Group helping to protect patch of Norwich woodland
A group keeping a small patch of Norwich woodland clean and tidy are back and have big plans for the leafy oasis.
The Friends of Marlpit Woods is a group dedicated to ensuring the leafy cranny in the corner of the west Norwich estate remains clean, and following the completion of a �4,000 path are looking to bring new signs and a natural shade of blue to the spot.
A decade ago Robin Woodruff, 73, was inspired to start the group after doing a course in woodland management.
However, after four years the number of volunteers had dwindled down to two and he had to stop due to illness following a quadruple heart bypass. Little did he realise it would kick off again in January this year.
'I just liked to see the place clean and tidy as I've walked through there and been with my dog for the last 50 years and just enjoyed it, so it was good to hear that it had started again,' said Mr Woodruff, of Oval Avenue.
Since that meeting, the group have grown to more than 20 members, with monthly litter picks recently aided by 20 members of the Norwich Army Cadet Force.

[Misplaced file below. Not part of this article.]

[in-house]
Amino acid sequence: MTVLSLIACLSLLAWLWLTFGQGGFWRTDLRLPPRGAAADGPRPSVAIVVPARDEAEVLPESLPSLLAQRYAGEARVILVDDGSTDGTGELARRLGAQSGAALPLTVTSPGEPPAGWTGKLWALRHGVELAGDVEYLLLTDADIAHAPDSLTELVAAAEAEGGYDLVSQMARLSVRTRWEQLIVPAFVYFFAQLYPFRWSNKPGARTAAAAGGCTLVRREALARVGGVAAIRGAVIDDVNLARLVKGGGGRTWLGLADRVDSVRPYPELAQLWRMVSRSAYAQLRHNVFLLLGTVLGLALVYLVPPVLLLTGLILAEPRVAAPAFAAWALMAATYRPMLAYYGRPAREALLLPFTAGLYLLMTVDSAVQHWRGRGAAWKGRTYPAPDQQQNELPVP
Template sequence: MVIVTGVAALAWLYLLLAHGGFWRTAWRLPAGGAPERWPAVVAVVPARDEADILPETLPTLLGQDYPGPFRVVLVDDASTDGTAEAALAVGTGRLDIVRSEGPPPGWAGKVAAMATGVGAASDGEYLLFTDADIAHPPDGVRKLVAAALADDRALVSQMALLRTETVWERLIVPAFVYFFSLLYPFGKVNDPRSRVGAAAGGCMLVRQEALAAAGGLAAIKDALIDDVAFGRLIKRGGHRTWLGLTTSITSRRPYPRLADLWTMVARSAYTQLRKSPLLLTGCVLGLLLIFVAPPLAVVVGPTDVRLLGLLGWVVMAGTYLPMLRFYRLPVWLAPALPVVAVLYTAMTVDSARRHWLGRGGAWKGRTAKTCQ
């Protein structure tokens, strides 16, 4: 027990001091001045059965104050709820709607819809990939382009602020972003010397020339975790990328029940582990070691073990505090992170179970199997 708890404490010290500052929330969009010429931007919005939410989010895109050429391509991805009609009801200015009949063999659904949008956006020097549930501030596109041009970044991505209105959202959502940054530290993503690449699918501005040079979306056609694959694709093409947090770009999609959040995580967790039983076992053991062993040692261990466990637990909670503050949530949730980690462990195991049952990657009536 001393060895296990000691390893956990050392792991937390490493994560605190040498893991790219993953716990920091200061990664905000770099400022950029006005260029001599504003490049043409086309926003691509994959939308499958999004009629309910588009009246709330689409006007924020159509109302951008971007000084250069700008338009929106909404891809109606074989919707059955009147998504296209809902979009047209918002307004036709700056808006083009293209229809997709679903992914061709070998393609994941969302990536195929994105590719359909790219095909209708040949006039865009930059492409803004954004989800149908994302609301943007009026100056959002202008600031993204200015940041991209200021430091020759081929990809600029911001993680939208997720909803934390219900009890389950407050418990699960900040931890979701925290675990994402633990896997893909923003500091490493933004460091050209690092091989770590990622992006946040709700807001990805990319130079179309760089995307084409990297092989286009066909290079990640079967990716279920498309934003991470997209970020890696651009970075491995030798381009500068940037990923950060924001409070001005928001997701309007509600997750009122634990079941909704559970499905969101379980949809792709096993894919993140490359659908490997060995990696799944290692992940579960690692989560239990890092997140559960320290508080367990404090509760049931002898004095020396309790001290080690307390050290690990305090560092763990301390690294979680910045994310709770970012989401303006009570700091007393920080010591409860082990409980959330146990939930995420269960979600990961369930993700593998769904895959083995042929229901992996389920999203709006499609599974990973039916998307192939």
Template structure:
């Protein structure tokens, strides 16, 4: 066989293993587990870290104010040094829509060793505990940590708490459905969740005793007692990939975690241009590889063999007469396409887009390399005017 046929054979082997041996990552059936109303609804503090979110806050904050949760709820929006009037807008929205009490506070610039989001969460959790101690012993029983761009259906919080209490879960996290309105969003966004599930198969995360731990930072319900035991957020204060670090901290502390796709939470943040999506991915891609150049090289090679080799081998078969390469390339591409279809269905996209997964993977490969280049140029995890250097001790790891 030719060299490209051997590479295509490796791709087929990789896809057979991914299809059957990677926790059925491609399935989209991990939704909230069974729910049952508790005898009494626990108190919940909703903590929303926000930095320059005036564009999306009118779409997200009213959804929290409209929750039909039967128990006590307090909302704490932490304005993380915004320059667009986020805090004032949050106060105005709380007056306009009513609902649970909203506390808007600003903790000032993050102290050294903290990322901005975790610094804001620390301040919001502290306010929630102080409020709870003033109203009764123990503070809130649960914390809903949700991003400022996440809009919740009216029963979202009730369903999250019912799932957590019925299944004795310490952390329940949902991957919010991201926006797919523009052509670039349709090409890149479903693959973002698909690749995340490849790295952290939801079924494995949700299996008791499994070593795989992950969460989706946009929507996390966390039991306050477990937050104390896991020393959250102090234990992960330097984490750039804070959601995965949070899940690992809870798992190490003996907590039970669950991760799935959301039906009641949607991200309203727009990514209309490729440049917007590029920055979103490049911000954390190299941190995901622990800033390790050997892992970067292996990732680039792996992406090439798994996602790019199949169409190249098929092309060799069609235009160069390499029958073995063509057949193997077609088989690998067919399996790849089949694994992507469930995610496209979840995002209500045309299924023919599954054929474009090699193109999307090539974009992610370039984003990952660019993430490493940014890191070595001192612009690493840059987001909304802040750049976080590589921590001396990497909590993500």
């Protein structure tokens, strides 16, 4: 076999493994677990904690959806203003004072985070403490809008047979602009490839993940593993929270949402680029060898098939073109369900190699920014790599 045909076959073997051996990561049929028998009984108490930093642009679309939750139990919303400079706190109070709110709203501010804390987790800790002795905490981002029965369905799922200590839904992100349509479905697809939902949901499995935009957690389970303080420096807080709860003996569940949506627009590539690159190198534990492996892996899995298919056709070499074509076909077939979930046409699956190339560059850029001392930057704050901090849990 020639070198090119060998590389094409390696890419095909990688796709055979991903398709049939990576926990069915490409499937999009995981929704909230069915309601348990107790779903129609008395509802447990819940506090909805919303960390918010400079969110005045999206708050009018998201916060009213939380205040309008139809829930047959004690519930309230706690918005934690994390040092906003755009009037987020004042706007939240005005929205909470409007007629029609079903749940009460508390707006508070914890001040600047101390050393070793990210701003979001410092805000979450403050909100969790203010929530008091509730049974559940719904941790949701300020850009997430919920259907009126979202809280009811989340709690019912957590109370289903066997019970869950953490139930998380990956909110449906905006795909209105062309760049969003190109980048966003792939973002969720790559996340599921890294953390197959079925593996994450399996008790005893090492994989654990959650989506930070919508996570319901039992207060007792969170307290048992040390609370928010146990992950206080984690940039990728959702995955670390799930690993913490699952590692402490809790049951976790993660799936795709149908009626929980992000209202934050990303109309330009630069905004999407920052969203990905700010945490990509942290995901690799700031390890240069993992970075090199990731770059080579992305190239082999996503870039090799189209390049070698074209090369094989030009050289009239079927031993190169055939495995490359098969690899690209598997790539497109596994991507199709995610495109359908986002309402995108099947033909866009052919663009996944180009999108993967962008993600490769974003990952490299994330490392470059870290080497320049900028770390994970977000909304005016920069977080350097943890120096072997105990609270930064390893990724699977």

Together, they filled two skips with rubbish, though Mr Woodruff, who was widowed five years ago, played only a sideline role. 'I promised my wife Mary that I wouldn't do any more picking up in the woods so now I don't,' he said.
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'I can't break that promise to her but I've done a few things like lopping elderberry bushes.'
The wood acts as home to wildlife including muntjac deer, while Mr Woodruff said he has also spotted birds such as nuthatches in the wood.
And after receiving a big boost from Norwich City Council in the form of a �6,600 grant, some of which led to the creation of the new path, they also hope some other grant bids will be successful to help them keep up the good work.
Among plans in the pipeline are the planting of oak trees, as well as two new signs for the wood. These would include animal pictures by students from nearby Valley Primary school, who it is hoped will also soon be planting bluebells in the shady spot.
Valley Primary School head teacher Chris Spinks said: 'Living primarily in an urban area we think it's important that the children experience wild life and learn to preserve it, and we often take them on walks through the wood. We think the work that the group is doing is absolutely excellent.'
To find out more about the group, who meet regularly, call 01603 743623.
Do you have any stories from Marlpit? Contact reporter John Owens on 01603 772439 or firstname.lastname@example.org